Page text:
The kind of seizure an older person may have depends on where the electrical disturbance takes place and how much of the brain is affected. It's possible to have just one type of seizure, or more than one type.
Generalized seizures happen when waves of electrical activity swamp the whole brain at once. These may produce convulsions (tonic clonic or grand mal seizures); sudden falls (atonic seizures); massive muscle jerks (myoclonic seizures); or momentary blackouts (absence seizures).
Tonic clonic seizures, which many people call convulsions, are the ones most people think of when they hear the word "epilepsy."
Tonic clonic seizures often start with a cry, caused by air being suddenly forced out of the lungs. The person slumps in his seat or falls to the ground, unconscious. The body stiffens briefly and then begins to jerk.
The tongue may be bitten. A frothy saliva may appear around the mouth. Breathing may be very shallow and even stop for a few moments.
Sometimes the skin turns a bluish color because breathing may be briefly interrupted and the blood doesn't get as much oxygen as usual.
After a minute or two the jerking movements slow down and the seizure ends naturally. Bladder or bowel control may be lost as the body relaxes after the seizure. Consciousness will then slowly return.
Partial seizures happen when a smaller area of the brain is affected. Partial seizures in the elderly may produce uncontrolled shaking, alter emotions, or change the way things look, smell, feel, taste or sound to the person having the seizure. When people have these experiences, yet stay fully conscious, the episodes are called simple partial seizures.
But there's nothing simple about them to an older person going through this experience. When familiar surroundings suddenly look different, when people hear voices and nobody's there, when they see images -- perhaps of a loved one who's passed on, or an object that suddenly appears where it's not supposed to be -- it can be terrifying.
Episodes of this kind are caused by electrical disturbances in the part of the brain that controls senses such as sight (causing visual disturbances), or hearing (producing the illusion of voices or sounds) or even memory (creating perhaps an image of the past or blocking recognition of familiar places).
However, elderly people may not talk about these episodes, even to their doctors, because they're afraid they're losing their minds. They're not, of course. These are seizures, not symptoms of mental illness.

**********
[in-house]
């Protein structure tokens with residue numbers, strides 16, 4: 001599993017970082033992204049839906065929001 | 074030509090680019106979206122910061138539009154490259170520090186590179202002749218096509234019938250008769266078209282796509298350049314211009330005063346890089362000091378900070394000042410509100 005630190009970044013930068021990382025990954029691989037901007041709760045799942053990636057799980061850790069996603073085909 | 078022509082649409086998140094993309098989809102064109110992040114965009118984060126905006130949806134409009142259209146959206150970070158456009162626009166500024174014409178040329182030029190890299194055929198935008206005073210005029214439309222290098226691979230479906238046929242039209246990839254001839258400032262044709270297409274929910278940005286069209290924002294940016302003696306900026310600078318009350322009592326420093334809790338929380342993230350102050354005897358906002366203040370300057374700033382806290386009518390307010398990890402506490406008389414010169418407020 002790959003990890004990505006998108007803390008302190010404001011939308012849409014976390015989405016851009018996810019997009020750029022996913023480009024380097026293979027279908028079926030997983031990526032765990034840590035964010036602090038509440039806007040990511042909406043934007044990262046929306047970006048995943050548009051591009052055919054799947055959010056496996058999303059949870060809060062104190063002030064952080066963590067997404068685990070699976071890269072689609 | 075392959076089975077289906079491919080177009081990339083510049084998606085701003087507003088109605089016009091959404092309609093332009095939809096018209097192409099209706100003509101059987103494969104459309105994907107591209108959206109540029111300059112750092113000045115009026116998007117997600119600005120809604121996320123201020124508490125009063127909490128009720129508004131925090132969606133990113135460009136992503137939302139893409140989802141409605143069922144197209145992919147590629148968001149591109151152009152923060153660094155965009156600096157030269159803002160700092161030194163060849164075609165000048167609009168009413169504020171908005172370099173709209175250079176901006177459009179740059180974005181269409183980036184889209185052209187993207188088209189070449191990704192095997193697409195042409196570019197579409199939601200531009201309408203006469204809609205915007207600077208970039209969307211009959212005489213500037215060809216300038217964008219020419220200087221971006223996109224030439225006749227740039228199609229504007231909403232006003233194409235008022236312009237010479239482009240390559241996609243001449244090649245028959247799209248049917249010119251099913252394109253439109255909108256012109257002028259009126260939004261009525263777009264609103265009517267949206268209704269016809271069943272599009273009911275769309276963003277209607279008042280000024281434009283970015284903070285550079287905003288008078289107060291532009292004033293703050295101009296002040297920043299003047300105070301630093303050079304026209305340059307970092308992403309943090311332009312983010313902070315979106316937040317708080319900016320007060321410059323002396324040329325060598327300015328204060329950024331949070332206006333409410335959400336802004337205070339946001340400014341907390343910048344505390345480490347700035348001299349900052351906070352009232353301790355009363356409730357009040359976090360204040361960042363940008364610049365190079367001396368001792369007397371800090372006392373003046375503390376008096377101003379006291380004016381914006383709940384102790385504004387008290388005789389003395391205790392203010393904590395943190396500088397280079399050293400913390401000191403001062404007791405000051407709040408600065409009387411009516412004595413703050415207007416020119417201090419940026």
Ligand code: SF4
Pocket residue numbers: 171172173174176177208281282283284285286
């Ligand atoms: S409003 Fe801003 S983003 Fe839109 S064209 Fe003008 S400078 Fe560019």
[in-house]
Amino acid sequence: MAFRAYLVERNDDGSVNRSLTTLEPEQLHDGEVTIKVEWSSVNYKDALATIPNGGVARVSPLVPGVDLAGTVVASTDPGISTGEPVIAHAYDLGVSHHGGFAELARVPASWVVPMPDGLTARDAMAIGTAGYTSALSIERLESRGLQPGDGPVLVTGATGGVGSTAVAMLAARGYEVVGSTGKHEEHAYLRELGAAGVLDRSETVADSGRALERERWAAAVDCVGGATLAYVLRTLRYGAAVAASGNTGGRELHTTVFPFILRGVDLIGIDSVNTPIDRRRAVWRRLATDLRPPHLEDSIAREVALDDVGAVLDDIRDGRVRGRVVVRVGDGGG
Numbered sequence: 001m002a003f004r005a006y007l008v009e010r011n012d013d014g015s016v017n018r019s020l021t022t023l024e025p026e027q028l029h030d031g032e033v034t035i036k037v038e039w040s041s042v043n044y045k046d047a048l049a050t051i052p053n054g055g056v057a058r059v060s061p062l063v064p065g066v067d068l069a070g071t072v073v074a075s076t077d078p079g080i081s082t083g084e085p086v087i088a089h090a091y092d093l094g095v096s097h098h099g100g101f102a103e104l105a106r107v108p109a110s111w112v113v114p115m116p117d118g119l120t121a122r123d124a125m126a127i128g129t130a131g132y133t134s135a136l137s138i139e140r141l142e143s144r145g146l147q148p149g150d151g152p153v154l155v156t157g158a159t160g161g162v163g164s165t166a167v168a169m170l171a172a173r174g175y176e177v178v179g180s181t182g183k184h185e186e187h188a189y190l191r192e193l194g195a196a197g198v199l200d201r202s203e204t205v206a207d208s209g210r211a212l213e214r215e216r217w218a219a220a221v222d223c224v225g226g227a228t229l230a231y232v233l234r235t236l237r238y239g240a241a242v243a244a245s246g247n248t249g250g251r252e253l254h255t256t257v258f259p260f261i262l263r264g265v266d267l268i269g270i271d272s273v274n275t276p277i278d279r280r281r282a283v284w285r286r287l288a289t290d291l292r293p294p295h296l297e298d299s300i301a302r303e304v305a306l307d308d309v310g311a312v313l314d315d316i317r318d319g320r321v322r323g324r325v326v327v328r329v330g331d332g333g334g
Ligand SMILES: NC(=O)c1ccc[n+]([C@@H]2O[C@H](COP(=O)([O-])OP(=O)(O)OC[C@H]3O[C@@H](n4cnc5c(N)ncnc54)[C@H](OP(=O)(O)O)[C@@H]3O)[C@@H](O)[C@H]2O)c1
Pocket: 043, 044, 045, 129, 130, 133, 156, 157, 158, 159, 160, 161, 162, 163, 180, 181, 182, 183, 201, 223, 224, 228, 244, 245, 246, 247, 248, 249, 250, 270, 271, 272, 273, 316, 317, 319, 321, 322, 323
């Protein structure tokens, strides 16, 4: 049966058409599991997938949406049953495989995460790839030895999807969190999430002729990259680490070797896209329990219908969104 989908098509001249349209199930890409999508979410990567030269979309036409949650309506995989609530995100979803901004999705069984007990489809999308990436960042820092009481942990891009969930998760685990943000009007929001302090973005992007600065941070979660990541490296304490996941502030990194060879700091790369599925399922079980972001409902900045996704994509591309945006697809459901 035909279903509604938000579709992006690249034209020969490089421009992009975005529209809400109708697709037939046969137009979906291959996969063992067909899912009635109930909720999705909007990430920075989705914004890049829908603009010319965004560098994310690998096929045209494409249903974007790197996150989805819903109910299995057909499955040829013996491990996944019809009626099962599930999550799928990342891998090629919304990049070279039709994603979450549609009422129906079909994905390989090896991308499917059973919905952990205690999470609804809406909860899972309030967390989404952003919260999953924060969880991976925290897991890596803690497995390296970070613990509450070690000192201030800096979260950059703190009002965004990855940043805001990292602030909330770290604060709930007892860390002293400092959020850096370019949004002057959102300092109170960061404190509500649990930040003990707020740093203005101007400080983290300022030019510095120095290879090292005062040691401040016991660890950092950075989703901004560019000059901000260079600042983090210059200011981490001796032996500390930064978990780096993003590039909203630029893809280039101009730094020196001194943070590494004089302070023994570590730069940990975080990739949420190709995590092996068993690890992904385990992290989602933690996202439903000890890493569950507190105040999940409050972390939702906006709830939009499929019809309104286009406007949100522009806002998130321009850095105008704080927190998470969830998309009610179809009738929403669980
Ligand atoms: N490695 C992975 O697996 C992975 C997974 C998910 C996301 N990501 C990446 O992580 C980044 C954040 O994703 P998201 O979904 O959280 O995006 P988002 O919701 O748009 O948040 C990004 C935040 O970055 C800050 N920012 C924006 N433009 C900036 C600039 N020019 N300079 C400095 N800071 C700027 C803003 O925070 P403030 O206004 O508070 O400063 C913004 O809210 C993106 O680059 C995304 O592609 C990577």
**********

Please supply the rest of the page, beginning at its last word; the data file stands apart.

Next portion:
And the doctor should be told about them because these seizures may require a medicine that's different from what he or she might otherwise prescribe.
Complex partial seizures are experienced in a different way. They affect consciousness while they're happening and people can't remember them afterwards.
Complex partial seizures typically produce a kind of confused, dreamlike state. A senior citizen with complex partial seizures may stare, make chewing movements with the mouth, pick at clothing, mumble, do the same actions over and over again.
He or she won't be able to talk to other people while the seizure is going on, but may respond to simple requests made in a calm, friendly voice.
Complex partial seizures are particularly common in older people with epilepsy, but they occur at any age.
Sometimes people wander during these episodes. In rare cases they may become very agitated, make flailing movements with their arms, try to undress, try to run, scream, or cower in fear.
Although it's always possible for seizures to change, people usually develop a pattern of things they do and these are likely to occur in the same order each time.
Sometimes partial seizures spread to involve the whole brain, causing a convulsion or a fall. When this happens as a regular part of a person's seizure pattern, the special feeling produced by the partial seizure acts as a warning. Sometimes it gives people enough time to get to a safe place before they lose consciousness. The warning feeling is often called an aura.
Symptoms of Seizures
Simple Partial Seizures
- Jamais vu (familiar things suddenly seem unfamiliar)
- Trembling that moves up one side of the body
- Déjà vu (unfamiliar things seem familiar)
- Out of body experiences
- Sudden shifts in mood
- Unexplained anger or fear
- Disturbed speech
Complex Partial Seizures
- Lip smacking
- Picking at clothes
- Lack of response to others
- Repeated phrases
- Senseless, clumsy movements
- Lost time
- Being briefly unaware of danger or pain
- Brief staring
- Sudden muscle contractions
- Sudden falls